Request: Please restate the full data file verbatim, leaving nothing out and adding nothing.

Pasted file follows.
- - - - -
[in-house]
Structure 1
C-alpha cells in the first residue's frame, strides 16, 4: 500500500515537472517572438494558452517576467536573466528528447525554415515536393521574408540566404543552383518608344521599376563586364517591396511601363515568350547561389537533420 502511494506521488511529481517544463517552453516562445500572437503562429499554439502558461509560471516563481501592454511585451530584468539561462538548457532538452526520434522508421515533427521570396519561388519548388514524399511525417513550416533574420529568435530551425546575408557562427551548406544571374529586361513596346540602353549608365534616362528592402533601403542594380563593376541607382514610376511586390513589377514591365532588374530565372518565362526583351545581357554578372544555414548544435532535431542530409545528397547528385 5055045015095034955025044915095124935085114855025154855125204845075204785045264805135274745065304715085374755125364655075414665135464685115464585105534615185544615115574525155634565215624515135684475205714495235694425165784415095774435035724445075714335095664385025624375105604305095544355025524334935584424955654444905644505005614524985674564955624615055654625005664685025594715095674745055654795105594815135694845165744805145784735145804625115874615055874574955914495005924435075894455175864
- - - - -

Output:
[in-house]
Structure 1
C-alpha cells in the first residue's frame, strides 16, 4: 500500500515537472517572438494558452517576467536573466528528447525554415515536393521574408540566404543552383518608344521599376563586364517591396511601363515568350547561389537533420 502511494506521488511529481517544463517552453516562445500572437503562429499554439502558461509560471516563481501592454511585451530584468539561462538548457532538452526520434522508421515533427521570396519561388519548388514524399511525417513550416533574420529568435530551425546575408557562427551548406544571374529586361513596346540602353549608365534616362528592402533601403542594380563593376541607382514610376511586390513589377514591365532588374530565372518565362526583351545581357554578372544555414548544435532535431542530409545528397547528385 5055045015095034955025044915095124935085114855025154855125204845075204785045264805135274745065304715085374755125364655075414665135464685115464585105534615185544615115574525155634565215624515135684475205714495235694425165784415095774435035724445075714335095664385025624375105604305095544355025524334935584424955654444905644505005614524985674564955624615055654625005664685025594715095674745055654795105594815135694845165744805145784735145804625115874615055874574955914495005924435075894455175864